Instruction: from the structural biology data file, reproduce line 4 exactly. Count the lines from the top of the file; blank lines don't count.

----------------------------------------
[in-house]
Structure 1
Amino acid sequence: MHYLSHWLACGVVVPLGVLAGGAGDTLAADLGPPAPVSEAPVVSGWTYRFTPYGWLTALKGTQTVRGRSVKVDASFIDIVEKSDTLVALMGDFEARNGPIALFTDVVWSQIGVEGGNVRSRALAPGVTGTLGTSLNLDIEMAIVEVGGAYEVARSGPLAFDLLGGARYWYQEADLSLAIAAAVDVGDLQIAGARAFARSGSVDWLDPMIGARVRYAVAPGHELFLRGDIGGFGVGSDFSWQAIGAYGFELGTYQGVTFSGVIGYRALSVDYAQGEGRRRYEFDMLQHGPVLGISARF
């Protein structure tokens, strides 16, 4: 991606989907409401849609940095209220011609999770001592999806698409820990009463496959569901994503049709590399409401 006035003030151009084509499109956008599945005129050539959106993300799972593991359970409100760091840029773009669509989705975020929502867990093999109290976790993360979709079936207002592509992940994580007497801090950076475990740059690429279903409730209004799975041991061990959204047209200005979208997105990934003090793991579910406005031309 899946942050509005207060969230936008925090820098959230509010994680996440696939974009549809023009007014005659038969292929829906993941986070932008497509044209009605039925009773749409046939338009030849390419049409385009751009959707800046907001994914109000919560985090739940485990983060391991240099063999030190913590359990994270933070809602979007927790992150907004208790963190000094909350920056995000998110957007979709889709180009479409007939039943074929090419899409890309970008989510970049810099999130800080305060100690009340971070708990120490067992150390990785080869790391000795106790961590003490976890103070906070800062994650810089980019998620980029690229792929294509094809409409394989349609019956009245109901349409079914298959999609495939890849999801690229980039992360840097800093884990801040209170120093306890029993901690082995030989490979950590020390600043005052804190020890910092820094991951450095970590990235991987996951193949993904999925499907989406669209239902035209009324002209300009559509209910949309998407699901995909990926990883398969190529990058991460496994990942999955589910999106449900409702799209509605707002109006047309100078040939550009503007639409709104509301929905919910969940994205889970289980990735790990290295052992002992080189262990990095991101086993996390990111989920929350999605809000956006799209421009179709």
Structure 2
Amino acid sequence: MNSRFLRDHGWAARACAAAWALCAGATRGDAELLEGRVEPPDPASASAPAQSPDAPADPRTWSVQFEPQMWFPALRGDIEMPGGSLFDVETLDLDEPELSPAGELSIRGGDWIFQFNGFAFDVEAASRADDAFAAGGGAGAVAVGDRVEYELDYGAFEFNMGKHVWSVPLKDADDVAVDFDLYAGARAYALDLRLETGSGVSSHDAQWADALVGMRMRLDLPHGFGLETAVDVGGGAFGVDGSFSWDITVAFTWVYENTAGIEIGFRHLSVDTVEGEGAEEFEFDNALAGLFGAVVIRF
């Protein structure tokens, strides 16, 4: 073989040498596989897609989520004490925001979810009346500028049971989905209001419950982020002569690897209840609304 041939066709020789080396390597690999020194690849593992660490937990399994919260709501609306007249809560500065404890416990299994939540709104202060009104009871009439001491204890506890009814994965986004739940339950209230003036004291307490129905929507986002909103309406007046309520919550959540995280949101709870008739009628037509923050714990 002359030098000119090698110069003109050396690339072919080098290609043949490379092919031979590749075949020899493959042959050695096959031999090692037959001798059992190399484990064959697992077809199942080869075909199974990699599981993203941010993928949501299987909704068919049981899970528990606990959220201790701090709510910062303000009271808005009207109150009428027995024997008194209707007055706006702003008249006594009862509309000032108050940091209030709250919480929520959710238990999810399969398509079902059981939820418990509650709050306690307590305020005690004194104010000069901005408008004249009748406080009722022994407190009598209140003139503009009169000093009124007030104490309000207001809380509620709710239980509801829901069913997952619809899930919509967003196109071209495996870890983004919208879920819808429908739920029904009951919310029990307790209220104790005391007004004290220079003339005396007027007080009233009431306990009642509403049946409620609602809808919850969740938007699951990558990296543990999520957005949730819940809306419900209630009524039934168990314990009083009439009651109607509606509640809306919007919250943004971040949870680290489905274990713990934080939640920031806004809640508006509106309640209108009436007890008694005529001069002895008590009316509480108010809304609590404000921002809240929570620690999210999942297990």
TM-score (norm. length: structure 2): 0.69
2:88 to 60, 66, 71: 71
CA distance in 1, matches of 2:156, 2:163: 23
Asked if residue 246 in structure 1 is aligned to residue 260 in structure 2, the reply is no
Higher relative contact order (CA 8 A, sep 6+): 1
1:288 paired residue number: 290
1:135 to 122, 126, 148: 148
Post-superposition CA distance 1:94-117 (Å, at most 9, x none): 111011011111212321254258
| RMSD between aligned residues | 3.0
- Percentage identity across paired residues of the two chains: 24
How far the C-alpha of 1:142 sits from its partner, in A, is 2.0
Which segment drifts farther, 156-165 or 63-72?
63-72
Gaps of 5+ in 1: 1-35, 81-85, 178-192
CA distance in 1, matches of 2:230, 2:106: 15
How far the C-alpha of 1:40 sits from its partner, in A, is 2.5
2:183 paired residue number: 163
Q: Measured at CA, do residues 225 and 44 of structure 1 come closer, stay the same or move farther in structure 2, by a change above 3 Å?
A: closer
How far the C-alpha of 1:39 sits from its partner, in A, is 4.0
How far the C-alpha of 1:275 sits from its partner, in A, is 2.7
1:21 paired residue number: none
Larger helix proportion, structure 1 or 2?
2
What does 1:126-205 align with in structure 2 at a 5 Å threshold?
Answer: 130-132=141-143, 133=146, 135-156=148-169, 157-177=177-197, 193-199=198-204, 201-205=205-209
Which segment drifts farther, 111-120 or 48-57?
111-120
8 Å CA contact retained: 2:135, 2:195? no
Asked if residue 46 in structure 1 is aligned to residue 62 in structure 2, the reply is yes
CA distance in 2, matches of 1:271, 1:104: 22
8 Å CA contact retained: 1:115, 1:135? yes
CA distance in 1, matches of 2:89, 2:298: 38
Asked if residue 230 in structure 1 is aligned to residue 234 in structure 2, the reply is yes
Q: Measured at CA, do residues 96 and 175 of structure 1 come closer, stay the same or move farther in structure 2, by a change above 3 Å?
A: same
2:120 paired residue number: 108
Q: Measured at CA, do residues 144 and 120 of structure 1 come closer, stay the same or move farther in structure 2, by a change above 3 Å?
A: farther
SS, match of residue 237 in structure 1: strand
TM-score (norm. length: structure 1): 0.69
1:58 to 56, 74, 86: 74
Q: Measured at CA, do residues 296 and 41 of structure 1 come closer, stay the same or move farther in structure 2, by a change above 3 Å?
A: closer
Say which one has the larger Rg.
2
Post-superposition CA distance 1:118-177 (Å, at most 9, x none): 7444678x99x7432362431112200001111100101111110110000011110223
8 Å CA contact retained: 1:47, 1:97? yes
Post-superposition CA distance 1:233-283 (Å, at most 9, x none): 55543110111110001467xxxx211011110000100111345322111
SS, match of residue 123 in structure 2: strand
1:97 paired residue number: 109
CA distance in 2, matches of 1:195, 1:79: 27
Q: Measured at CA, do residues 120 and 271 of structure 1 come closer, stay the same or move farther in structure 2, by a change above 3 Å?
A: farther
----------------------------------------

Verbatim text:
């Protein structure tokens, strides 16, 4: 991606989907409401849609940095209220011609999770001592999806698409820990009463496959569901994503049709590399409401 006035003030151009084509499109956008599945005129050539959106993300799972593991359970409100760091840029773009669509989705975020929502867990093999109290976790993360979709079936207002592509992940994580007497801090950076475990740059690429279903409730209004799975041991061990959204047209200005979208997105990934003090793991579910406005031309 899946942050509005207060969230936008925090820098959230509010994680996440696939974009549809023009007014005659038969292929829906993941986070932008497509044209009605039925009773749409046939338009030849390419049409385009751009959707800046907001994914109000919560985090739940485990983060391991240099063999030190913590359990994270933070809602979007927790992150907004208790963190000094909350920056995000998110957007979709889709180009479409007939039943074929090419899409890309970008989510970049810099999130800080305060100690009340971070708990120490067992150390990785080869790391000795106790961590003490976890103070906070800062994650810089980019998620980029690229792929294509094809409409394989349609019956009245109901349409079914298959999609495939890849999801690229980039992360840097800093884990801040209170120093306890029993901690082995030989490979950590020390600043005052804190020890910092820094991951450095970590990235991987996951193949993904999925499907989406669209239902035209009324002209300009559509209910949309998407699901995909990926990883398969190529990058991460496994990942999955589910999106449900409702799209509605707002109006047309100078040939550009503007639409709104509301929905919910969940994205889970289980990735790990290295052992002992080189262990990095991101086993996390990111989920929350999605809000956006799209421009179709």